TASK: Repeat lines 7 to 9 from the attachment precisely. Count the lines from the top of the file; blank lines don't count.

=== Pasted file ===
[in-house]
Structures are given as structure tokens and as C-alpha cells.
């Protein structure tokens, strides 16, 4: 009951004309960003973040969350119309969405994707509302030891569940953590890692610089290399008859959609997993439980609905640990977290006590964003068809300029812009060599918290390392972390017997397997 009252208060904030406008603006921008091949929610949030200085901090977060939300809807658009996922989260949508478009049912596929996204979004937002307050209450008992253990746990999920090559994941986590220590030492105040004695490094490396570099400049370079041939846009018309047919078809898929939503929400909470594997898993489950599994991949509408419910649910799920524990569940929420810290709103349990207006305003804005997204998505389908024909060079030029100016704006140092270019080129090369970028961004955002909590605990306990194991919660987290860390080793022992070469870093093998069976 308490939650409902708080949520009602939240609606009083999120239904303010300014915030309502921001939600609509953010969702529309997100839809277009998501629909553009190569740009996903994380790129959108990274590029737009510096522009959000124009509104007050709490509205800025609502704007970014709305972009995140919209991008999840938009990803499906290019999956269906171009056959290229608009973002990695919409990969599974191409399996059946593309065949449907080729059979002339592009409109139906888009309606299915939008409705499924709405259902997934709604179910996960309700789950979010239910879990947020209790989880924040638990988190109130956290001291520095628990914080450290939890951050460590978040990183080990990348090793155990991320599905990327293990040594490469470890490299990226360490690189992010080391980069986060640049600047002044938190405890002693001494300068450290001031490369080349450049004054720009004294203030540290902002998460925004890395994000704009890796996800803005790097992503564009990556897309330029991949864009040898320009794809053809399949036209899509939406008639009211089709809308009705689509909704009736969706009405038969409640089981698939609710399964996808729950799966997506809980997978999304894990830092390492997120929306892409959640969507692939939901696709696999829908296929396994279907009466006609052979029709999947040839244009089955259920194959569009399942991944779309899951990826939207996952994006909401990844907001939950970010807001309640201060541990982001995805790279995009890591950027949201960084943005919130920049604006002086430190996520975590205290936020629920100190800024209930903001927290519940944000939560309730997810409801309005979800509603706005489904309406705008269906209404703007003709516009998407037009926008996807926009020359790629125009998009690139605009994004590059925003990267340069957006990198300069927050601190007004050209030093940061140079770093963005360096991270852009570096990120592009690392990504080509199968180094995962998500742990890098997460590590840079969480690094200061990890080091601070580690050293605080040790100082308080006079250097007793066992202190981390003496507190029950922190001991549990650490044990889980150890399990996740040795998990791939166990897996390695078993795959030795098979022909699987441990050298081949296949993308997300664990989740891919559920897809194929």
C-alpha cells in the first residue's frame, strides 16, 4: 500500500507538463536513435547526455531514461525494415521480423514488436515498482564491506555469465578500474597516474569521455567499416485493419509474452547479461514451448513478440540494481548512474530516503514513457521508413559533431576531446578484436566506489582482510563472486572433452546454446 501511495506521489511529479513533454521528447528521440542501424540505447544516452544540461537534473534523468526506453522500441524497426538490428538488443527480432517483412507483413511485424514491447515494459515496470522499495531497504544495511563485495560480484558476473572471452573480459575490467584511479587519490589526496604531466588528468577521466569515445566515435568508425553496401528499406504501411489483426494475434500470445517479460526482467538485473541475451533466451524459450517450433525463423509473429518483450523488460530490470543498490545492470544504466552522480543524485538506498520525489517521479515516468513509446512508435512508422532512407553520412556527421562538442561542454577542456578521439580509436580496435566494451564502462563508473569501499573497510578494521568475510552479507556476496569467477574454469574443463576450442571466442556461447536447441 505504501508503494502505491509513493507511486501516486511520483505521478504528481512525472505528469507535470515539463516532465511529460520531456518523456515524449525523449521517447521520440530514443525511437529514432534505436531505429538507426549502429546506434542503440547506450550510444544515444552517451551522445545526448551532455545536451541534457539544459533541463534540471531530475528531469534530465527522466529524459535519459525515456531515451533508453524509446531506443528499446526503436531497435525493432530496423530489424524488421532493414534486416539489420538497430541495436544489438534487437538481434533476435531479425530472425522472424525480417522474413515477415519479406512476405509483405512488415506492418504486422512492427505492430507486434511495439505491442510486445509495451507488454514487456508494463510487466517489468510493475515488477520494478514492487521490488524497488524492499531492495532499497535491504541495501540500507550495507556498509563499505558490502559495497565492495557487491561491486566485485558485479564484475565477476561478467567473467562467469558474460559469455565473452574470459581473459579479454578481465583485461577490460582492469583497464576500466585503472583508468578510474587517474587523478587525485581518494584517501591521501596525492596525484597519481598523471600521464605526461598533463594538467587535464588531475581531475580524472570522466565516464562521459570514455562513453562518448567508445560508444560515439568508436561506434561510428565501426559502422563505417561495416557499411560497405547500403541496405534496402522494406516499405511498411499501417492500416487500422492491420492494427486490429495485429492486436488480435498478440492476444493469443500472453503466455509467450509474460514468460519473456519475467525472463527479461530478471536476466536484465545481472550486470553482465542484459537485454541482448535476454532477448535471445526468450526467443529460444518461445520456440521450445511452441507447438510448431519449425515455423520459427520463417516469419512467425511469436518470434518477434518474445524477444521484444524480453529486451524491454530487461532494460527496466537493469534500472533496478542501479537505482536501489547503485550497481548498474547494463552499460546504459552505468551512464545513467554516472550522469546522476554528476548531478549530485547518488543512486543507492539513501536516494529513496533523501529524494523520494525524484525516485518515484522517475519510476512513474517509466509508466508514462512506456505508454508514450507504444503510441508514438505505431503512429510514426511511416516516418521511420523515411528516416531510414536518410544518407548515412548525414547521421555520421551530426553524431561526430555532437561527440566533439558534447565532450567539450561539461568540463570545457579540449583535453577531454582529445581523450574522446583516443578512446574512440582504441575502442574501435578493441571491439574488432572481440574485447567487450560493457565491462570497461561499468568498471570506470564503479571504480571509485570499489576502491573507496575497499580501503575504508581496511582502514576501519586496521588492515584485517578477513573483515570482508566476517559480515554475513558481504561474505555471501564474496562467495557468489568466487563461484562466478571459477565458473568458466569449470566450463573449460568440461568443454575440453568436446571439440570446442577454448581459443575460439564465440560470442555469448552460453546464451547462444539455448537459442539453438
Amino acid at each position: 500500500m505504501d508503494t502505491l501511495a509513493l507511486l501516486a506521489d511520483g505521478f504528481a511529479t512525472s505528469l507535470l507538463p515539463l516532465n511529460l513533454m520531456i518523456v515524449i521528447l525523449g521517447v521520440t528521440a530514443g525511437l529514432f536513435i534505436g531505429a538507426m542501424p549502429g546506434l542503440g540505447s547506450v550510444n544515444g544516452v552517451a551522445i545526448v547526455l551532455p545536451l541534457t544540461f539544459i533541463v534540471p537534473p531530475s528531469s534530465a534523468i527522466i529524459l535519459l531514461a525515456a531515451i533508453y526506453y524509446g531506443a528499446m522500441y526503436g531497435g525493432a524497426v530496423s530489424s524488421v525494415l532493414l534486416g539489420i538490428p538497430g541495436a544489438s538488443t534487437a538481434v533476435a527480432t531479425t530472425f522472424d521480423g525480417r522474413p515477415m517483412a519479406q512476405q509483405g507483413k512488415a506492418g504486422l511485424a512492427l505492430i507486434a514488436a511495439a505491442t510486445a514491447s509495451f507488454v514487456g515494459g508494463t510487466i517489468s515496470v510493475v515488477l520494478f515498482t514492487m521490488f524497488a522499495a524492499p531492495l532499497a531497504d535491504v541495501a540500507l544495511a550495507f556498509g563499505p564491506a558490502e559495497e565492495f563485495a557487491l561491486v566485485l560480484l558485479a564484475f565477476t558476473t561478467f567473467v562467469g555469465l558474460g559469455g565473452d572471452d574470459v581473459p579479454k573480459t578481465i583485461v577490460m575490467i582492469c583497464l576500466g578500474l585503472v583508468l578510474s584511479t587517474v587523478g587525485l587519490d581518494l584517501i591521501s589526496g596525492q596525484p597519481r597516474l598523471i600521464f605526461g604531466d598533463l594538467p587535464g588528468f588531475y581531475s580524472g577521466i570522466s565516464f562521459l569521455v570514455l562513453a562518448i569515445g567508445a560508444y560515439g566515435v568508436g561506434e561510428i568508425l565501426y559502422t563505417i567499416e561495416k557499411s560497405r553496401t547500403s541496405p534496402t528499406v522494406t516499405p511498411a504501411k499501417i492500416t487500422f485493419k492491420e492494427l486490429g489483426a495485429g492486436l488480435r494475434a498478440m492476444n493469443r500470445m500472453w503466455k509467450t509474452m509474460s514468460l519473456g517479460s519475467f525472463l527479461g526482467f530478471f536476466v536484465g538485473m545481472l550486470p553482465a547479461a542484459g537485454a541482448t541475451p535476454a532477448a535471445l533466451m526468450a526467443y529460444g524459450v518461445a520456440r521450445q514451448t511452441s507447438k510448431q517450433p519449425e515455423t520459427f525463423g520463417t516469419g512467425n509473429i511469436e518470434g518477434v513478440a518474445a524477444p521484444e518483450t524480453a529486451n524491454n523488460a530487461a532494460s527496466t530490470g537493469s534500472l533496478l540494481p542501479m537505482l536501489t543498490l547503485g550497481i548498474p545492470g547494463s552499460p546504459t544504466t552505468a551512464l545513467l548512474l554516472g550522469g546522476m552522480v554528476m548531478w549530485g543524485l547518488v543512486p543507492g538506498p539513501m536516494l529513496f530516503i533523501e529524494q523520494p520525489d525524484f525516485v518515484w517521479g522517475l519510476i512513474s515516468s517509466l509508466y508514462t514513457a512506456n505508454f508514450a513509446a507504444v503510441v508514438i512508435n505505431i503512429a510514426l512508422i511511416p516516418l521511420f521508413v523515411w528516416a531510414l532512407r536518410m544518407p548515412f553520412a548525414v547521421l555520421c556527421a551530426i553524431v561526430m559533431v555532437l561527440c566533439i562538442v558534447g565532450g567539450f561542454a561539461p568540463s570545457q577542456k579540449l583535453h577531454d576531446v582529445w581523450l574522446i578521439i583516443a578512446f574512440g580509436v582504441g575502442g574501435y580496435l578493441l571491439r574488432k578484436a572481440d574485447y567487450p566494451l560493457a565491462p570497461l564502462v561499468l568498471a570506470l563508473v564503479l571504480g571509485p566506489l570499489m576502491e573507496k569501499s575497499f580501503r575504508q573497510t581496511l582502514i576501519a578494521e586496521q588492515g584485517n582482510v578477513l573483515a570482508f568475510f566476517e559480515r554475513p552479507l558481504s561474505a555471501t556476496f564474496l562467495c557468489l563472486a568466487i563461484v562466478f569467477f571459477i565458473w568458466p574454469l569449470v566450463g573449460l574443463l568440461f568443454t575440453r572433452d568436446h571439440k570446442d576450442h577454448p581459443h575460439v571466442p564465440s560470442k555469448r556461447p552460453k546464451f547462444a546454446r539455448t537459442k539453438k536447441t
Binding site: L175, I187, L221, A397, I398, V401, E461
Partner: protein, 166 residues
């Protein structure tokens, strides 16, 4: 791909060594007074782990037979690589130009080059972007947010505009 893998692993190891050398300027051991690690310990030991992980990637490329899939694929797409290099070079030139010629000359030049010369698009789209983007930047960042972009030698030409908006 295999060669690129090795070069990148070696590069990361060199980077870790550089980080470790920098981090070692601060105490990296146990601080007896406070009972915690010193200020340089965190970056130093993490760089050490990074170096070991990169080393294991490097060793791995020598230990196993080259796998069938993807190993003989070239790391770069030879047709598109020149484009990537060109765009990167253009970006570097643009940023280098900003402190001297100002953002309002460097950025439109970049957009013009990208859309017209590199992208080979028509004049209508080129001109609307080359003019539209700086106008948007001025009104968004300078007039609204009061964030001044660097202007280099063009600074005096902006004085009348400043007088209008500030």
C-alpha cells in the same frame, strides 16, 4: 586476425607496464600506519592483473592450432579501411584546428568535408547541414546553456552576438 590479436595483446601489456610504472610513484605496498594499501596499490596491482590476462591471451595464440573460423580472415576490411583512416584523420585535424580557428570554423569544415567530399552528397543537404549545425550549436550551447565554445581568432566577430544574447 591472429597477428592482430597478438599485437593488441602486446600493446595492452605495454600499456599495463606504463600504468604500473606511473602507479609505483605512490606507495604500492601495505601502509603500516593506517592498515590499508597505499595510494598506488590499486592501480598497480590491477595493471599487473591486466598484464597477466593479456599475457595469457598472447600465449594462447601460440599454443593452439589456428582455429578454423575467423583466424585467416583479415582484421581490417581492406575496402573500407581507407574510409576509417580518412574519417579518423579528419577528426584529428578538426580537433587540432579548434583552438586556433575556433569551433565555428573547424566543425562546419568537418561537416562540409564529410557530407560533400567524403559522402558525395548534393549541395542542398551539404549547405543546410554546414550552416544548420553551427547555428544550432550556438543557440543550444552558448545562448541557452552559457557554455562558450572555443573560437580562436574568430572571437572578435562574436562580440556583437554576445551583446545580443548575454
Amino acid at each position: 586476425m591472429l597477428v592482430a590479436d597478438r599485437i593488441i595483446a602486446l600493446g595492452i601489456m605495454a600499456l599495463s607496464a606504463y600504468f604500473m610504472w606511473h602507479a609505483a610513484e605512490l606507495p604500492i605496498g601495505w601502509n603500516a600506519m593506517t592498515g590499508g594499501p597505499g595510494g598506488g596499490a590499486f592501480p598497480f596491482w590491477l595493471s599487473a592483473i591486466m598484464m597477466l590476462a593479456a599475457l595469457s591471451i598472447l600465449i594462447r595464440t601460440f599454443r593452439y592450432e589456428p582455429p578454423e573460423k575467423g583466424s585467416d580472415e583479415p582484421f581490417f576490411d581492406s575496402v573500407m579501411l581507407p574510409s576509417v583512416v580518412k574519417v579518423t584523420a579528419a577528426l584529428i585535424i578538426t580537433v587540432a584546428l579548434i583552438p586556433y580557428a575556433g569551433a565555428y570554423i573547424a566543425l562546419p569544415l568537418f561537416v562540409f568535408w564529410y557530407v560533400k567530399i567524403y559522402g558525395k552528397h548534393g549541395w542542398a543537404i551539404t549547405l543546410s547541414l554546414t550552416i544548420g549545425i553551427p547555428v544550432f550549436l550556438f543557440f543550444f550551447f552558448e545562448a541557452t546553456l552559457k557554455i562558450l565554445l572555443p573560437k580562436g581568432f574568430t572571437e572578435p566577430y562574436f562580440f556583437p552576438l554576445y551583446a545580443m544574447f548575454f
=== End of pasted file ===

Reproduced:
Partner: protein, 166 residues
């Protein structure tokens, strides 16, 4: 791909060594007074782990037979690589130009080059972007947010505009 893998692993190891050398300027051991690690310990030991992980990637490329899939694929797409290099070079030139010629000359030049010369698009789209983007930047960042972009030698030409908006 295999060669690129090795070069990148070696590069990361060199980077870790550089980080470790920098981090070692601060105490990296146990601080007896406070009972915690010193200020340089965190970056130093993490760089050490990074170096070991990169080393294991490097060793791995020598230990196993080259796998069938993807190993003989070239790391770069030879047709598109020149484009990537060109765009990167253009970006570097643009940023280098900003402190001297100002953002309002460097950025439109970049957009013009990208859309017209590199992208080979028509004049209508080129001109609307080359003019539209700086106008948007001025009104968004300078007039609204009061964030001044660097202007280099063009600074005096902006004085009348400043007088209008500030």
C-alpha cells in the same frame, strides 16, 4: 586476425607496464600506519592483473592450432579501411584546428568535408547541414546553456552576438 590479436595483446601489456610504472610513484605496498594499501596499490596491482590476462591471451595464440573460423580472415576490411583512416584523420585535424580557428570554423569544415567530399552528397543537404549545425550549436550551447565554445581568432566577430544574447 591472429597477428592482430597478438599485437593488441602486446600493446595492452605495454600499456599495463606504463600504468604500473606511473602507479609505483605512490606507495604500492601495505601502509603500516593506517592498515590499508597505499595510494598506488590499486592501480598497480590491477595493471599487473591486466598484464597477466593479456599475457595469457598472447600465449594462447601460440599454443593452439589456428582455429578454423575467423583466424585467416583479415582484421581490417581492406575496402573500407581507407574510409576509417580518412574519417579518423579528419577528426584529428578538426580537433587540432579548434583552438586556433575556433569551433565555428573547424566543425562546419568537418561537416562540409564529410557530407560533400567524403559522402558525395548534393549541395542542398551539404549547405543546410554546414550552416544548420553551427547555428544550432550556438543557440543550444552558448545562448541557452552559457557554455562558450572555443573560437580562436574568430572571437572578435562574436562580440556583437554576445551583446545580443548575454